Most tourists are probably already familiar with gari, the thin slices of sweet pickled ginger that is served alongside sushi. Gari has a sweet and sour flavor with a slightly spicy bite. It is meant to be eaten between sushi pieces as a palate cleanser, so that the unique flavor of each piece can be fully appreciated. Gari is naturally light yellow, but may also be dyed pink.


Shibazuke is a Kyoto specialty pickle made of cucumber, eggplant, perilla leaves shiso, ginger and myoga a mild flavored relative of ginger pickled in plum vinegar umezu, a byproduct of making pickled plums umeboshi. The salty, slightly sour, purple pickles are commonly served in Kyoto cuisine.


Umeboshi are Japanese plums, related to apricots, which have been salted and dried. The wrinkly red pickles are extremely salty and sour, although sweeter versions exist. Umeboshi serve as a preservative and digestive. They are eaten with all types of traditional meals, and often accompany the rice in boxed lunches (bento). Umeboshi are also one of the most popular fillings for rice balls onigiri.


Japanese pickles, Tsukemono are an important part of the Japanese diet. They are served with practically every traditional meal alongside rice and miso soup. They are valued for their unique flavors and commonly used as a garnish, relish, condiment, palate cleanser or digestive.

Tsukemono first appeared way back in Japanese history in the days before refrigeration when pickling was used to preserve food. As a result, some traditionally prepared types of pickles can be kept practically indefinitely. The different methods used to make tsukemono vary from a simple salting or vinegar brining, to more complicated processes involving cultured molds and fermentation. Continue reading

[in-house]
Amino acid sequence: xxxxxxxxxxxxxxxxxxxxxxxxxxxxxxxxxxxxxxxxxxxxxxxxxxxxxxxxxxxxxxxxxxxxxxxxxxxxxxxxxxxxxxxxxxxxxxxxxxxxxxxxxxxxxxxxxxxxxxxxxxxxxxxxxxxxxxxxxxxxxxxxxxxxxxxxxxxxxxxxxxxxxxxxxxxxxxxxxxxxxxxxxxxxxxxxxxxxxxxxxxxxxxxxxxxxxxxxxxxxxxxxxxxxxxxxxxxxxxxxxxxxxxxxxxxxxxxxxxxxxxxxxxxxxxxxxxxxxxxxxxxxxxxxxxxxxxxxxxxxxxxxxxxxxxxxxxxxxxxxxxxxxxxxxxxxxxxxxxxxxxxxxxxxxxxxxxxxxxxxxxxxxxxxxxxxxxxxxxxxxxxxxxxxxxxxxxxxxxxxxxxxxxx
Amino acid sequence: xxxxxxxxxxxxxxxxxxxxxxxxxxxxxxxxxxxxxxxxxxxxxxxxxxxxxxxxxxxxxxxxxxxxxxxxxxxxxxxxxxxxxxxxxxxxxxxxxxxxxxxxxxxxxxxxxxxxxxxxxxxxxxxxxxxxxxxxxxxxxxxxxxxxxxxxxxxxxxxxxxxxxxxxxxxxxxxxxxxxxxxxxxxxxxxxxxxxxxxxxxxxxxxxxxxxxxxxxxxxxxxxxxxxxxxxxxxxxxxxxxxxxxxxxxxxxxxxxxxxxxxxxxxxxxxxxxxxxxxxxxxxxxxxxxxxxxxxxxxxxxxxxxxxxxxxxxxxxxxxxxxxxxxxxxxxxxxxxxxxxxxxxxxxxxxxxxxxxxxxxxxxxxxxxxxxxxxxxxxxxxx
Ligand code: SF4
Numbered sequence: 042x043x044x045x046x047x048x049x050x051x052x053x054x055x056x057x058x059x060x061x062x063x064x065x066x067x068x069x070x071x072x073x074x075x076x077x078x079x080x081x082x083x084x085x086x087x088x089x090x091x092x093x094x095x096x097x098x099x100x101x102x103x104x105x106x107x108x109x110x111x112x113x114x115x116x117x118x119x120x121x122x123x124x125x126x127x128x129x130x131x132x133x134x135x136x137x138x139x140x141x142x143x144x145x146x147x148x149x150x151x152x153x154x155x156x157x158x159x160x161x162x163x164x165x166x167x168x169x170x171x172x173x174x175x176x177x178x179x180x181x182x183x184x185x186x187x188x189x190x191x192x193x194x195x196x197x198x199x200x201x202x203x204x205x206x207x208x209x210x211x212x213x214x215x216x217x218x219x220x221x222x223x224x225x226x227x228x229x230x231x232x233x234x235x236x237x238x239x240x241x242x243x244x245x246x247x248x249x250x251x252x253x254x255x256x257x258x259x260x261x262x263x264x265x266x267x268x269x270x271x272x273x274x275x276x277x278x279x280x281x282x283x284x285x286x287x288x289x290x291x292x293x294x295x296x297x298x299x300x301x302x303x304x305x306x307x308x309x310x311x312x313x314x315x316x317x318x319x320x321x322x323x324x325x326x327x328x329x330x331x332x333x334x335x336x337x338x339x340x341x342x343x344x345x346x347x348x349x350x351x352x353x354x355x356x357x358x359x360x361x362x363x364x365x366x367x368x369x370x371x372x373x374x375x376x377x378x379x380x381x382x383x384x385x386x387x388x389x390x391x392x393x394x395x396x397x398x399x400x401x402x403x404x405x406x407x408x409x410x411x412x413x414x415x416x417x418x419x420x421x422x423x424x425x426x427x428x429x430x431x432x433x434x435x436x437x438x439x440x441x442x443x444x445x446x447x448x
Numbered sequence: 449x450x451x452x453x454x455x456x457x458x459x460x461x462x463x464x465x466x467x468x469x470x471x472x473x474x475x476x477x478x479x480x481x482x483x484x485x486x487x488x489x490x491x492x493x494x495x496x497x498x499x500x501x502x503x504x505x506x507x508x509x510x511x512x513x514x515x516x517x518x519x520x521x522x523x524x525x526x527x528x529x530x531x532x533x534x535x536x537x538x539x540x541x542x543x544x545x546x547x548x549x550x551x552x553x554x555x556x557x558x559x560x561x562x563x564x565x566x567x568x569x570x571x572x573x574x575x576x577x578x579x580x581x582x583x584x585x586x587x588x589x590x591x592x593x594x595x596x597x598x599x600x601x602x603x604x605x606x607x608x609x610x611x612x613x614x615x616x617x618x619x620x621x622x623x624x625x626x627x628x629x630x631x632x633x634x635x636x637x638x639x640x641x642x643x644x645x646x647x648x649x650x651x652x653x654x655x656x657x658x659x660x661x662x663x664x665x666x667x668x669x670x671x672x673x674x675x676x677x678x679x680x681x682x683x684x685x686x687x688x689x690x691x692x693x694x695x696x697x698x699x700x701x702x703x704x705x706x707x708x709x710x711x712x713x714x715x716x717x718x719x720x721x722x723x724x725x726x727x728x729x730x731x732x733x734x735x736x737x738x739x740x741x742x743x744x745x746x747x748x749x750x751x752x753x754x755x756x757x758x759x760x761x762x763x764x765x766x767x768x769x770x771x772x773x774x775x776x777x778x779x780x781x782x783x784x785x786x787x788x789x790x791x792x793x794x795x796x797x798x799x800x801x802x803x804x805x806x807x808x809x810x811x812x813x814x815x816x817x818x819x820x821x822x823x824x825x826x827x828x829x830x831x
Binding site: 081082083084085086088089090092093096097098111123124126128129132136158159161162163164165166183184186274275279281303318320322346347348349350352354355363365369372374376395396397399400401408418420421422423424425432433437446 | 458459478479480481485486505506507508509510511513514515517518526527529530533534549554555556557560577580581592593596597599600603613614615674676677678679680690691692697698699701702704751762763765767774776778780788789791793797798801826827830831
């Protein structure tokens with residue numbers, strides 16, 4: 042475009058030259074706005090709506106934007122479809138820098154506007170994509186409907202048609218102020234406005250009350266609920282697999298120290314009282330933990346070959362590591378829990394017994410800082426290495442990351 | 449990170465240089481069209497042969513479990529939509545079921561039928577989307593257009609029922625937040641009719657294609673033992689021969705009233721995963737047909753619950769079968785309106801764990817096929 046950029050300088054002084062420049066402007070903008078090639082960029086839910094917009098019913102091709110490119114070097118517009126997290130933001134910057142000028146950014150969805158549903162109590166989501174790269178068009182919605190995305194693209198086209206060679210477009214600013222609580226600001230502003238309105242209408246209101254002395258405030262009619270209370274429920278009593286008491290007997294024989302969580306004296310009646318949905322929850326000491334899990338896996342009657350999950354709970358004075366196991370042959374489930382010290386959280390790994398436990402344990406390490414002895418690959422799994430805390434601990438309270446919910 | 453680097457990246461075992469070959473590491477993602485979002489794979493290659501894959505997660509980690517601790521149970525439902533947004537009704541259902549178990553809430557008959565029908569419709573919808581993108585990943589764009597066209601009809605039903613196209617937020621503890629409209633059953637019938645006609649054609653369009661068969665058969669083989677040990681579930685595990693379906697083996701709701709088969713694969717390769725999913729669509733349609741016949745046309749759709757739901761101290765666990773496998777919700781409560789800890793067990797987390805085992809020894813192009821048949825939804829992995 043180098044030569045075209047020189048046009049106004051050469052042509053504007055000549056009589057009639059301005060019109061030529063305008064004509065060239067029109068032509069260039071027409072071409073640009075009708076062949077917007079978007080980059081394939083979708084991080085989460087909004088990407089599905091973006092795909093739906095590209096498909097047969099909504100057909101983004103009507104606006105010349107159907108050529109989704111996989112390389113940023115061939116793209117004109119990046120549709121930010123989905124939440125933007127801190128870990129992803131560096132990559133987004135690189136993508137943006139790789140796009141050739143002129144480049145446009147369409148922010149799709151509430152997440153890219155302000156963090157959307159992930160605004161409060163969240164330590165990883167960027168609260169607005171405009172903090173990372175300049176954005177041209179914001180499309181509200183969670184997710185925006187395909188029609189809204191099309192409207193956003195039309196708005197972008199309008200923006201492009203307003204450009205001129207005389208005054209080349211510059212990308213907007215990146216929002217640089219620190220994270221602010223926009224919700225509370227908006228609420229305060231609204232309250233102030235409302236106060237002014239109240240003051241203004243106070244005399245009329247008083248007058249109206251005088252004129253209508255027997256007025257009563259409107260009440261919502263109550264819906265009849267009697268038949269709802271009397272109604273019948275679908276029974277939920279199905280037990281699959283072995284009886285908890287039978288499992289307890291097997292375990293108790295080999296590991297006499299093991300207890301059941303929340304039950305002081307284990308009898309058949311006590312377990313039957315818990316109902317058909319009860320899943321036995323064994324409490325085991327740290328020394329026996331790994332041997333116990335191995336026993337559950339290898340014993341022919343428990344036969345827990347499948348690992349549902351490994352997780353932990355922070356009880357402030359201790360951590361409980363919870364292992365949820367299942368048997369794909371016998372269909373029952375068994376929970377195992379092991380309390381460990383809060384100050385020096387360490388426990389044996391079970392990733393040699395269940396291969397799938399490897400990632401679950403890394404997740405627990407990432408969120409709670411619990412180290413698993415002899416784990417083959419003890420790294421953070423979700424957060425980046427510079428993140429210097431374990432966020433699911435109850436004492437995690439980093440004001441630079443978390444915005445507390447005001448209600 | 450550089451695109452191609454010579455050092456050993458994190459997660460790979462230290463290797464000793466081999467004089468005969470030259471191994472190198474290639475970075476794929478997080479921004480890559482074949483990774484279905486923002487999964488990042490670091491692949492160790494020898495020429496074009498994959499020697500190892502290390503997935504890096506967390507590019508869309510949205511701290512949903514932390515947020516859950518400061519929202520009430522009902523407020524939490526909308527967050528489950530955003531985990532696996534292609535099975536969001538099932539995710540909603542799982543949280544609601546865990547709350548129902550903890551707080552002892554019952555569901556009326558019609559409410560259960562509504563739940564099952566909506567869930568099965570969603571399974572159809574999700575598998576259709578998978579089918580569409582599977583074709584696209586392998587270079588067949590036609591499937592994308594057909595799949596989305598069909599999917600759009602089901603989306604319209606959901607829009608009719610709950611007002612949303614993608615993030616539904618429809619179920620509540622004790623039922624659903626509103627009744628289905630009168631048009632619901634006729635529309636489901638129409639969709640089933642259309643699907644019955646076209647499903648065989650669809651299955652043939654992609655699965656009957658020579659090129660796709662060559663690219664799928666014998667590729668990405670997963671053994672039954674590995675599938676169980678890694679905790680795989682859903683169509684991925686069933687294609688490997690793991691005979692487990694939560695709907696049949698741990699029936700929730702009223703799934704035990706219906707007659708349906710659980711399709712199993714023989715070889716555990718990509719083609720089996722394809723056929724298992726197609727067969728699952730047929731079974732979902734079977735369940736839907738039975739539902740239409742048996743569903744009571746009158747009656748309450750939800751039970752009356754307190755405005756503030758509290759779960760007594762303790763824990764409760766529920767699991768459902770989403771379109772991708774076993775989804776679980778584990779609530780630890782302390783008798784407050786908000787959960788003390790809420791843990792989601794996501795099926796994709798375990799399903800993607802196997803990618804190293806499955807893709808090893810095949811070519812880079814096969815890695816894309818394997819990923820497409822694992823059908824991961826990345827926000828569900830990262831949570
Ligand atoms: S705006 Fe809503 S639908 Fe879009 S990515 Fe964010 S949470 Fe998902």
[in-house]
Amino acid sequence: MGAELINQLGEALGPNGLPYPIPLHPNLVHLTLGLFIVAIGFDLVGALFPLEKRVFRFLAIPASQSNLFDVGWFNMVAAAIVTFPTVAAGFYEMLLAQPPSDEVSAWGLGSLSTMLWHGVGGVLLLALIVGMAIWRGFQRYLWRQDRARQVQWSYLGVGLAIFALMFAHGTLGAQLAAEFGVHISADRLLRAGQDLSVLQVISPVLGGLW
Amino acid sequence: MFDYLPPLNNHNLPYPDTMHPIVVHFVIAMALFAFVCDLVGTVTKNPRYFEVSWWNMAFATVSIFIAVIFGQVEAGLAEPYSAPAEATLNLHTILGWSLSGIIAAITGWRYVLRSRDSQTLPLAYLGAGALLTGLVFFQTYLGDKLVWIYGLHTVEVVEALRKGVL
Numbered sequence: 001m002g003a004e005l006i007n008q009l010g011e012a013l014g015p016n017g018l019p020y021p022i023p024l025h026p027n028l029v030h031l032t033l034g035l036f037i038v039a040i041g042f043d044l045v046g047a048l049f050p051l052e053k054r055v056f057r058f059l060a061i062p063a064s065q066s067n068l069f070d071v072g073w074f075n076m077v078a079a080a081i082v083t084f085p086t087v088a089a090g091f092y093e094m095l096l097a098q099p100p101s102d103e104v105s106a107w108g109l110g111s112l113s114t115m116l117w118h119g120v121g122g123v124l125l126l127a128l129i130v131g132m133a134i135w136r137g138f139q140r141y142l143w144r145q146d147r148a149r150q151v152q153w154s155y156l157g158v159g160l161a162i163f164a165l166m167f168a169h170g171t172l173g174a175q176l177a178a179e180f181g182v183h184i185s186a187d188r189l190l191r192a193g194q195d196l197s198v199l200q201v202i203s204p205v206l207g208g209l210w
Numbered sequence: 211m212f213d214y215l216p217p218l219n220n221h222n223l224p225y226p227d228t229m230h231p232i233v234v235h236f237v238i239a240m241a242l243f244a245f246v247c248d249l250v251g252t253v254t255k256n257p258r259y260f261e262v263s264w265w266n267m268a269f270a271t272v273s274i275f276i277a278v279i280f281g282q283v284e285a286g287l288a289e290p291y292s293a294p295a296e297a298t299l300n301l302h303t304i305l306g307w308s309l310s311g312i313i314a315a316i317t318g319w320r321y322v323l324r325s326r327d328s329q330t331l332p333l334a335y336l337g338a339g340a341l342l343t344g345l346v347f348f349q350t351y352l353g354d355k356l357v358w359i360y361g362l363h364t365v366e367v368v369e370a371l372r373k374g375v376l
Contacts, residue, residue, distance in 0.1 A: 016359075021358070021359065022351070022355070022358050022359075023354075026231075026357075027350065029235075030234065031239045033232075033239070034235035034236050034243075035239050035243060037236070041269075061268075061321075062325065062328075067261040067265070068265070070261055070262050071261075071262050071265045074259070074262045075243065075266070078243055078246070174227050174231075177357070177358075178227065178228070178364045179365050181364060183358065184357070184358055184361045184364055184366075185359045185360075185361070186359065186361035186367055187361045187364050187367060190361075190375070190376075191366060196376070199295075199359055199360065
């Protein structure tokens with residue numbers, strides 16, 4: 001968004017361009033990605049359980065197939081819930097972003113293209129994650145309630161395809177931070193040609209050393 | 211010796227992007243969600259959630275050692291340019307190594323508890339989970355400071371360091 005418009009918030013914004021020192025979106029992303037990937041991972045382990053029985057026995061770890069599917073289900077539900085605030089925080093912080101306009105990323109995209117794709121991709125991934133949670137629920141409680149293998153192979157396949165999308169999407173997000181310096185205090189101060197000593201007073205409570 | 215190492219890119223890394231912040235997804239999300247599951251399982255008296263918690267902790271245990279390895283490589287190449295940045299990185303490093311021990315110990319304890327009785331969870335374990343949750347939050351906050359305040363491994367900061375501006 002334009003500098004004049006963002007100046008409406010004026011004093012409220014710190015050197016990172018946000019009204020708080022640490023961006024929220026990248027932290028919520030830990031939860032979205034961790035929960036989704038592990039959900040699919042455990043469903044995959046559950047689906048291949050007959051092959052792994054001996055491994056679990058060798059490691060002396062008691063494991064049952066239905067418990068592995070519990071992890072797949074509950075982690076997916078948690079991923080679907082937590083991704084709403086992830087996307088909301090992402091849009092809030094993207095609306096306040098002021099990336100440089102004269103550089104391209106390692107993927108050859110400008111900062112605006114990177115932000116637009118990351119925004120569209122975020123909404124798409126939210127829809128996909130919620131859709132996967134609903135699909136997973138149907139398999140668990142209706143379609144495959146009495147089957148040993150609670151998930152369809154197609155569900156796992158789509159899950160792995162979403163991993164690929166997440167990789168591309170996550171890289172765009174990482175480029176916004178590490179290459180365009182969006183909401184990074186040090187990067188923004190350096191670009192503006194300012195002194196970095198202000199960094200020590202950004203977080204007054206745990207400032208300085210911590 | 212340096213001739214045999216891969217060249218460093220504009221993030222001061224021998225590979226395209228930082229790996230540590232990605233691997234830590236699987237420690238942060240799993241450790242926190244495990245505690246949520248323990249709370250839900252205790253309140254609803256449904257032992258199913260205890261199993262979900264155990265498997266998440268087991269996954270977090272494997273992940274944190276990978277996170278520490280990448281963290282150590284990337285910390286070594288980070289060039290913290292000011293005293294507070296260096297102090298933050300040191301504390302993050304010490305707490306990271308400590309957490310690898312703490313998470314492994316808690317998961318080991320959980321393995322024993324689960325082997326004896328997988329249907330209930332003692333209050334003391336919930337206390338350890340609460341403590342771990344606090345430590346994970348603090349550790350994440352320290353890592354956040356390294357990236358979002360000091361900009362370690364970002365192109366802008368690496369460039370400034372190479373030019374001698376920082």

Chawan or tea bowl is a bowl used for preparing and drinking matcha in the Japanese tea ceremony. There are many types of chawan used in tea ceremony, and the choice of their use depends upon many considerations. In Japan, “chawan” also is the standard term for bowls for rice. If it is necessary to distinguish between them, bowls for rice are called gohan jawan, while the those for use in tea ceremony are called matcha-wan.


4537395088_af247d6e17_bA staple in Asia for 2,000 years, tofu is known for its extraordinary nutritional benefits, as well as its versatility. Tofu, also known as soya curd, is a soft cheese-like food made by curdling soya milk with a coagulant. Tofu is a rather bland tasting product that easily absorbs the flavours of the other ingredients. Tofu is sold in water-filled packs or in aseptic cartons. Fresh tofu is usually packaged in water and should be refrigerated and kept in water until used. If the water is drained and changed daily, the tofu should last for one week. Tofu can be frozen for up to three months. Freezing will change its texture however, it will make the tofu slightly chewier.


Daifukumochi, or Daifuku means great luck, is a Japanese confection consisting of a small round mochi stuffed with sweet filling, most commonly anko, sweetened red bean paste made from azuki beans. Daifuku comes in many varieties. The most common is white-, pale green-, or pale pink-colored mochi filled with anko. These come in two sizes, one approximately the diameter of a half-dollar coin, the other palm-sized. Some versions contain whole pieces of fruit, mixtures of fruit and anko, or crushed melon paste. Nearly all daifuku are covered in a fine layer of corn or potato starch to keep them from sticking to each other, or to the fingers. Some are covered with confectioner’s sugar or cocoa powder.Though mochitsuki is the traditional method of making mochi and daifuku, they can also be cooked in the microwave.


sushi_timeIn much of Asia, especially the so-called “rice bowl” cultures of China, Japan, Korea, and Vietnam, food is usually eaten with chopsticks.

Chopsticks are two long, thin, usually tapered, pieces of wood. Bamboo is the most common material, but they are also be made of various types of wood, as well as plastic, porcelain, animal bone, ivory, metal, coral, agate, and jade. Continue reading